This is a really excellent article from The Dominion Post. Well worth the read:
They have been called the glue of the modern economy – and the financial equivalent of weapons of mass destruction. John McCrone ponders the $US500 trillion world of derivatives.
The world economy is worth US$50 trillion (NZ$65.3 trillion). The global derivatives market – the intricate network of bets taken on the world economy – now totals US$500 trillion.
Feeling nervous? Sound anything like a house of cards to you?
A derivative is a financial contract that speculates on something happening to a real-life asset. It is a future, an option, a hedge, a swap, an arbitrage, a securitisation – a gamble, to be blunt. Some say derivatives are the glue that binds the world economy. They explain the relatively smooth ride of recent years. Others say they are toxic, a timebomb, the financial equivalent of weapons of mass destruction. Either way, they have swollen to become the bulk of the financial markets. As in Las Vegas, the casino seems to have taken over the town.
And this must have implications for the ordinary investor.
Many will feel that they can afford to view the derivative markets with bemused detachment. They may have read about the recent subprime mortgage woes in the United States and its connection with exotic financial instruments called CDOs – collateralised debt obligations. Investment bank Bear Stearns is having to stump up US$3.2 billion to cover two of its CDO funds, whose value somehow evaporated overnight. When you hear of some of the crazy US mortgage lending practices, it seems less of a surprise. They have these ninja loans. No income, no job and no assets? No problem. Can't afford the repayments on one house? Well, we will lend you enough to buy five – an instant rental property empire. Your first two years of interest will be dirt cheap and when the real rate kicks in, you simply sell a few places. With rising house prices, everything will be covered. Sweet!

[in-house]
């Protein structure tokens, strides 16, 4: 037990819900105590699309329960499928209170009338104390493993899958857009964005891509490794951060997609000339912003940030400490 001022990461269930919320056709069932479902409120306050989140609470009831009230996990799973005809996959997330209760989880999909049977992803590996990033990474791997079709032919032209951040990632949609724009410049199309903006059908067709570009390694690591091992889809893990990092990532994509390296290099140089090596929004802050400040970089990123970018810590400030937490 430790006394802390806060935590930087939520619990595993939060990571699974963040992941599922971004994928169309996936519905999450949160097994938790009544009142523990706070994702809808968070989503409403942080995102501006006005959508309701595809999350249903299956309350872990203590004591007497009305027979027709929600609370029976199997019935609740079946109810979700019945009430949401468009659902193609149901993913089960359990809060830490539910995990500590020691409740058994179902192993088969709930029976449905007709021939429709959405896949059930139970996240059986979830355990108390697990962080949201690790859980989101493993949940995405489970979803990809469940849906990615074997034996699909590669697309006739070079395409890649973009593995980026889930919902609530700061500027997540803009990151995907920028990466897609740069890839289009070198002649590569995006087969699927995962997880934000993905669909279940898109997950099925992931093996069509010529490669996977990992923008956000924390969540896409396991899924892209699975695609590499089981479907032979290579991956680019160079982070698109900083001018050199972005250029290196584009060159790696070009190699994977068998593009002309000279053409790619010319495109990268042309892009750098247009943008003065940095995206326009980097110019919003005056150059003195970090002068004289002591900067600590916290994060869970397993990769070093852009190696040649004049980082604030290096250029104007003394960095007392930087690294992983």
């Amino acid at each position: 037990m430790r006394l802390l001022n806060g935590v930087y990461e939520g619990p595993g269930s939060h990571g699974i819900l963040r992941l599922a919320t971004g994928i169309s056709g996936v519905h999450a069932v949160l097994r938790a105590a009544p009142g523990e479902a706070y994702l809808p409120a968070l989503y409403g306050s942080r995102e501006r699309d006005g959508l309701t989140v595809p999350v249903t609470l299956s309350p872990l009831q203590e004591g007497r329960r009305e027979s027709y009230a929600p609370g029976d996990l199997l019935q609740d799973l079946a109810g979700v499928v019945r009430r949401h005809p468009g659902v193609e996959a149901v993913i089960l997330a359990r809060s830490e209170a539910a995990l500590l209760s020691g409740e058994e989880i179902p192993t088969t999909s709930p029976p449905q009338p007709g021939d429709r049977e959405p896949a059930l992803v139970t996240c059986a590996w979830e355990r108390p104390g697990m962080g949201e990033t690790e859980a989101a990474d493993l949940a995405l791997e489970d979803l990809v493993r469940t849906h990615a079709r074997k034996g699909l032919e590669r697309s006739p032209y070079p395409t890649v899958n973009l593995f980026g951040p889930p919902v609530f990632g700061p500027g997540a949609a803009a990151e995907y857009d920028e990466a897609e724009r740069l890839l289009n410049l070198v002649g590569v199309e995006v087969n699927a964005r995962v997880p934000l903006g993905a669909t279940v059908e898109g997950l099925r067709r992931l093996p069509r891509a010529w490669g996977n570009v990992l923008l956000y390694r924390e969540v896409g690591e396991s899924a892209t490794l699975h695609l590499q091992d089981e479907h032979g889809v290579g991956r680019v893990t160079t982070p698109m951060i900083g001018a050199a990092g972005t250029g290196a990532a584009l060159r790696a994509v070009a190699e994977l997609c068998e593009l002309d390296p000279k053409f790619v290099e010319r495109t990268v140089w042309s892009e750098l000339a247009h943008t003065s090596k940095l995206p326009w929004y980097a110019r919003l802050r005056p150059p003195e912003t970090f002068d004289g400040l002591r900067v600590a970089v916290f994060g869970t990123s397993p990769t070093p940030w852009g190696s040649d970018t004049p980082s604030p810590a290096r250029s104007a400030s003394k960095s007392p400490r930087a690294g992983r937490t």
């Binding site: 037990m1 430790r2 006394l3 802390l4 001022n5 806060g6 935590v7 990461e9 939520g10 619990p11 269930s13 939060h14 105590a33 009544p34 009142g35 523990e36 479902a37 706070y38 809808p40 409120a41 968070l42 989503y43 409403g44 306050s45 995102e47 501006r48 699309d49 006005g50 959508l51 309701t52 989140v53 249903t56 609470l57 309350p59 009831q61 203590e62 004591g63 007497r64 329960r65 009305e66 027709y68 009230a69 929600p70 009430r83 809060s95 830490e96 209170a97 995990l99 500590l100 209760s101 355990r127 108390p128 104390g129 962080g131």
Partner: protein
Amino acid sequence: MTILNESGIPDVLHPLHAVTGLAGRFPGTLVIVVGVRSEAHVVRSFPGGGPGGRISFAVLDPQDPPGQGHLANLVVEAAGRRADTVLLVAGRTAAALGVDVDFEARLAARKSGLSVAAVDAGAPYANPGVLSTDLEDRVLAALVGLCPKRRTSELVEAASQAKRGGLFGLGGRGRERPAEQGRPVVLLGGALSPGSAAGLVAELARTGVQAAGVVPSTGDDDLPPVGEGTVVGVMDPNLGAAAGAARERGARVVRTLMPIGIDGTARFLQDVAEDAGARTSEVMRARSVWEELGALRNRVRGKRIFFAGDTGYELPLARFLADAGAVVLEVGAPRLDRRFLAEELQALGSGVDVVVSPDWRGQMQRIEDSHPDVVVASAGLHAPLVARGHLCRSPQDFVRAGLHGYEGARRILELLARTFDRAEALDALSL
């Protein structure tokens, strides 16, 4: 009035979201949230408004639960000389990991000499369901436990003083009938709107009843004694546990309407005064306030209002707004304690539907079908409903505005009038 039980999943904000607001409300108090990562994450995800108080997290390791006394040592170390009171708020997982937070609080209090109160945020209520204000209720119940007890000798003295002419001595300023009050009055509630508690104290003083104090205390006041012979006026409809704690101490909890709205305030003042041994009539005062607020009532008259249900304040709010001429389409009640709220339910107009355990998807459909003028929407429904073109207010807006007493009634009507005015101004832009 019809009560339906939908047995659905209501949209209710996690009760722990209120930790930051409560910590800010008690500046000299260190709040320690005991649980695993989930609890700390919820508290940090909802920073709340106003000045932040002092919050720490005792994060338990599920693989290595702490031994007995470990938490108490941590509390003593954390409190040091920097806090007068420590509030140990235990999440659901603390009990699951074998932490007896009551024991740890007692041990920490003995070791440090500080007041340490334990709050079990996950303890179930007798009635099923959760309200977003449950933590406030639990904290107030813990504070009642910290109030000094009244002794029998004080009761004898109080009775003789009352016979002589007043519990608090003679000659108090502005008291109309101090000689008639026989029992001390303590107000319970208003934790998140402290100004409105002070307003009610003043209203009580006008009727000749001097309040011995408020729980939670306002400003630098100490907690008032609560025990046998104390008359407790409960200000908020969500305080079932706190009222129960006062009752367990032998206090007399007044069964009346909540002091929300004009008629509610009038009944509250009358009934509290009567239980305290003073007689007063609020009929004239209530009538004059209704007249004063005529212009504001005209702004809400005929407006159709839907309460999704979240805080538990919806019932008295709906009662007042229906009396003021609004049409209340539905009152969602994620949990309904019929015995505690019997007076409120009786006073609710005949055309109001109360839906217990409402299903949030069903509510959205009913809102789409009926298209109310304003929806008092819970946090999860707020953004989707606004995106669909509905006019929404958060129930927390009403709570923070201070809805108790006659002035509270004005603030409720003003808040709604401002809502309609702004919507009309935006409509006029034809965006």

Plainly, some loose lending has been going on. Some of the institutions like Barclays and Merrill Lynch which have lost out big on the Bear Stearns CDOs should really have known better. But the subprime story seems remote. The equation changes, however, if this kind of financial sloppiness is now systemic; if the US$500 trillion stack of trades proves to be pretty much a mass of speculative froth. One man who should know is Sydney derivatives expert Satyajit Das, who has been working in the business since 1977. A former trader for Citicorp, Merrill Lynch, Commonwealth Bank and the TNT Group, Mr Das has written a couple of standard textbooks and now lifts the lid on the industry in his expose Traders, Guns & Money. Mr Das is feeling twitchy. "We have built an edifice that is extremely complex, extremely interlinked and extremely leveraged. Which means that ultimately a small shock could have absolutely unforeseen consequences. "Then it comes down to the question of whether there is enough wealth in the system, and enough political and regulatory will, to bail people out. At some stage – and I don't know whether it's in three months, three years or 30 years – there is going to have to be a day of reckoning."
Because of the size and global reach of the derivatives market, if it is one festering bubble of risk, then a market "correction" could be bigger than any other financial crash in history, Mr Das says. He is not the only commentator worried. Fabled US investor Warren Buffett labelled derivatives as weapons of mass destruction when it cost him US$400 million just to unwind a tangled legacy of deals in a company he had bought. Other derivatives pioneers, like Richard Bookstaber of the US hedge fund FrontPoint, have been muttering of the dangers of a market melt- down. And what the doomsters say is that ordinary investors cannot escape the fallout. Every pension fund, every high street bank and large corporation, will now have some exposure to the derivatives business. Mr Das says that for the first third of his career, the use of derivatives was relatively sane. Futures and options were employed to hedge risk.
Hedging strategies developed to smooth commodity prices like grain and tin then gradually spread to other areas of finance like exchange rates. Exporters would pay a premium to reduce their exposure to currency fluctuations. In the 1970s, things began to get really creative with interest-rate swaps. Mr Das says that as a large institutional investor, you might have the problem that you held a fixed-rate bond, but really you wanted a floating rate deal. The problem was your own company charter prevented you from doing this. A derivatives trader could arrange to swap the income from your bond for the floating rate that someone else was earning on some matching asset.
And the beauty of this virtual ownership was that it could be off the balance sheet. Who would know? Mr Das says the first time he was involved in an interest-rate swap, it was like winning the lottery. As the go-between, his bank picked up US$18 million in fees on a US$200 million deal. Everyone loved the ingenuity of this new financial engineering. It made almost anything seem possible.